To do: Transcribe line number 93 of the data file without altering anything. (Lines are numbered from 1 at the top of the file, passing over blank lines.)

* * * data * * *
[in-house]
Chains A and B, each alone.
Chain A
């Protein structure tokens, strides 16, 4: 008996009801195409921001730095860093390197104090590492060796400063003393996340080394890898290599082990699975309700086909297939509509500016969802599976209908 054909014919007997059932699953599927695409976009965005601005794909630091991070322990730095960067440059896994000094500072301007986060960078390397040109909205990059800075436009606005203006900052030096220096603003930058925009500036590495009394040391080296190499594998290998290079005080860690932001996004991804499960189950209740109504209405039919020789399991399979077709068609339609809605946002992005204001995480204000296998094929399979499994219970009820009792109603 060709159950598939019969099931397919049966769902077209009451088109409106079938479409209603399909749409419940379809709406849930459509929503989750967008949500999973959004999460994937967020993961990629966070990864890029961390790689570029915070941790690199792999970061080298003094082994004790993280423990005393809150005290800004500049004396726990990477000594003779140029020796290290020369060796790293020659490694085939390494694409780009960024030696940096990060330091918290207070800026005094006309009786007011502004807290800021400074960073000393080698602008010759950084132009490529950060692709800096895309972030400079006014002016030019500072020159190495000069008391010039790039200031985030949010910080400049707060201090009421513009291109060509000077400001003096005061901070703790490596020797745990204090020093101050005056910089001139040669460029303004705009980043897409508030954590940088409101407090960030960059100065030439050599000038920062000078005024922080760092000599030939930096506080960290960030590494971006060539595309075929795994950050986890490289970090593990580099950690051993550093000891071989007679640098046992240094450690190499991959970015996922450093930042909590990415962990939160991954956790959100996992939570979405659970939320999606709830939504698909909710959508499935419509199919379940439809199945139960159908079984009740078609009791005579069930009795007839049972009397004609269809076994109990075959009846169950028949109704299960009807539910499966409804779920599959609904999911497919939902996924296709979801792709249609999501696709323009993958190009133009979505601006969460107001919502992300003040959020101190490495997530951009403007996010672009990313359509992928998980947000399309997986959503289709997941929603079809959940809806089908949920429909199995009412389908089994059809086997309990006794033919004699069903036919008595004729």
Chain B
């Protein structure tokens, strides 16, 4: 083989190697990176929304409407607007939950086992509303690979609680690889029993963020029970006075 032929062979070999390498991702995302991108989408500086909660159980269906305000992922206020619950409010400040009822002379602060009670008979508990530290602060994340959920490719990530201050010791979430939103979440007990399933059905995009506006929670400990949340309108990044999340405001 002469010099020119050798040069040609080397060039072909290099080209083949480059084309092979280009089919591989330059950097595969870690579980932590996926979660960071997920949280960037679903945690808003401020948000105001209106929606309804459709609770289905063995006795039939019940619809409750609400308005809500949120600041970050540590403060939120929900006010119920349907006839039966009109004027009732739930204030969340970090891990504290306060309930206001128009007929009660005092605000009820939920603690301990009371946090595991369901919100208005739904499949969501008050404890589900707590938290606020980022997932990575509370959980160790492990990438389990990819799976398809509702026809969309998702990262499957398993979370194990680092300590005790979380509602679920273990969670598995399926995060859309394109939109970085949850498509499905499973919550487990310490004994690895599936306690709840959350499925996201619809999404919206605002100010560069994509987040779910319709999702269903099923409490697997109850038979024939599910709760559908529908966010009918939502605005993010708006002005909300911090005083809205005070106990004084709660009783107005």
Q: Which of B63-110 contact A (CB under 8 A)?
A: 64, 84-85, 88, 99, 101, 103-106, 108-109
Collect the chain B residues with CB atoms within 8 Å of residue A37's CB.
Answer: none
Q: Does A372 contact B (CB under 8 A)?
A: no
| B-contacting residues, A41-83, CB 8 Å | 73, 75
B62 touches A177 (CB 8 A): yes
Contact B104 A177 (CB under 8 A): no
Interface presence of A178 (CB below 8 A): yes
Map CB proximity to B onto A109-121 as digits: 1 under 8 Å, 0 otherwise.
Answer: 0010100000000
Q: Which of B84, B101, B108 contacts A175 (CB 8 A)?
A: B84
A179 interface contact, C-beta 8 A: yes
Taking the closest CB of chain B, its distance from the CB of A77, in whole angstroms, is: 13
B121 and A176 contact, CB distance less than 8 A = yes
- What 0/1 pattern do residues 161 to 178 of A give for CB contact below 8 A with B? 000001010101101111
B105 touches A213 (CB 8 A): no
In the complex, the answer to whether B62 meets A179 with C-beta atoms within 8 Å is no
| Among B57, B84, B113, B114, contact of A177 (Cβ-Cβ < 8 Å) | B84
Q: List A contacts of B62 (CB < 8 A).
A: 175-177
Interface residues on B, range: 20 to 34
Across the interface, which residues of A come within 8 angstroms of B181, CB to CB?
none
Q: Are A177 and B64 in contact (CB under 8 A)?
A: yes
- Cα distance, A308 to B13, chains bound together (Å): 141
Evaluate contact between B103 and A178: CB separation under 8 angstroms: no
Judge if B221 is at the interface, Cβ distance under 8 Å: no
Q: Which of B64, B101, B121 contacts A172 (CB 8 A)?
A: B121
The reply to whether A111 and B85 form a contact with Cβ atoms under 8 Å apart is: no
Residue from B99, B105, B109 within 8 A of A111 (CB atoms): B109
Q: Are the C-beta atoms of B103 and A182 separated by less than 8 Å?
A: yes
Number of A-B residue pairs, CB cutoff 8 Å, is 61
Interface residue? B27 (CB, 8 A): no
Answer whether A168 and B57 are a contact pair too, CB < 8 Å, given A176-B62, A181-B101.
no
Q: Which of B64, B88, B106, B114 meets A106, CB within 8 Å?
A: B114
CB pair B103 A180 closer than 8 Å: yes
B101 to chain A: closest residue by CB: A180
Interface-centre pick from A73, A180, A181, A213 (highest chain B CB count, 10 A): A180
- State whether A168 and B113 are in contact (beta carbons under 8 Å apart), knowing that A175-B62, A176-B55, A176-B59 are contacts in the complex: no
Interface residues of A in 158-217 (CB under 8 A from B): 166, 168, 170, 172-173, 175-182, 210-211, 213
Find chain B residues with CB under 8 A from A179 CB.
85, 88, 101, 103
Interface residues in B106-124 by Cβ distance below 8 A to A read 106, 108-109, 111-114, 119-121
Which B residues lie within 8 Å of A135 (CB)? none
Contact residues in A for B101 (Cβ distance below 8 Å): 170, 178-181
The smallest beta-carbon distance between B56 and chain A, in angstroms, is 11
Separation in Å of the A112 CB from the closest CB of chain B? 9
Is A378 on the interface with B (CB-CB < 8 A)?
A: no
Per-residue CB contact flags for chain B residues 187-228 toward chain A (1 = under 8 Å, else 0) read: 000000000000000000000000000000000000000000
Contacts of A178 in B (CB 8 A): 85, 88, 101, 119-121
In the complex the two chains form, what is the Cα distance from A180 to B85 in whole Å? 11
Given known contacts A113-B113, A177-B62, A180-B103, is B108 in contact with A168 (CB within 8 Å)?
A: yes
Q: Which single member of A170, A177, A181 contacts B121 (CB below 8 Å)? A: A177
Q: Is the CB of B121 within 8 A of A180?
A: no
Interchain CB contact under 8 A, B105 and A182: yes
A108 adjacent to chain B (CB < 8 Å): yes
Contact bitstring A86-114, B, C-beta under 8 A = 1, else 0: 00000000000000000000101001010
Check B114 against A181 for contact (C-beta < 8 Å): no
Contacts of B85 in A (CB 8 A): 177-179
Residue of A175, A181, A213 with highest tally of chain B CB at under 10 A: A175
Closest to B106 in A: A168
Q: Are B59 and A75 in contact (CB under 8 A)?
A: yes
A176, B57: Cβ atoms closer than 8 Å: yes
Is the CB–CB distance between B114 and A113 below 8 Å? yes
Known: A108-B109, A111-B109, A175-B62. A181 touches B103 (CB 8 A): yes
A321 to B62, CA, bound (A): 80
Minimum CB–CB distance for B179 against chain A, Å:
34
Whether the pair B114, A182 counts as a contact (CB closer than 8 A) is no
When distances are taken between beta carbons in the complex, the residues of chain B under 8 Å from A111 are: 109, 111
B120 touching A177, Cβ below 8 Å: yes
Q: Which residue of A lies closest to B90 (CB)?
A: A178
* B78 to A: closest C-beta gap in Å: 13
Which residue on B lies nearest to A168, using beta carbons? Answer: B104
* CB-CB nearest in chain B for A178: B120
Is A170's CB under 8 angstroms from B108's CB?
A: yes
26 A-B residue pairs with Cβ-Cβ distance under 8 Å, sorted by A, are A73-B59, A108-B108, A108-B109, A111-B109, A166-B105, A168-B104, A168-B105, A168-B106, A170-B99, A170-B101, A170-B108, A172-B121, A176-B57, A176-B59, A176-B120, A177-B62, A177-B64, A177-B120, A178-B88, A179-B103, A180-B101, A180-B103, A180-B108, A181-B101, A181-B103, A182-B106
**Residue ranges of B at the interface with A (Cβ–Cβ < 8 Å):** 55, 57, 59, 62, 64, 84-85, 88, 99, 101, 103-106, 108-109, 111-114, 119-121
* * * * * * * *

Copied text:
Which residue on B lies nearest to A168, using beta carbons? Answer: B104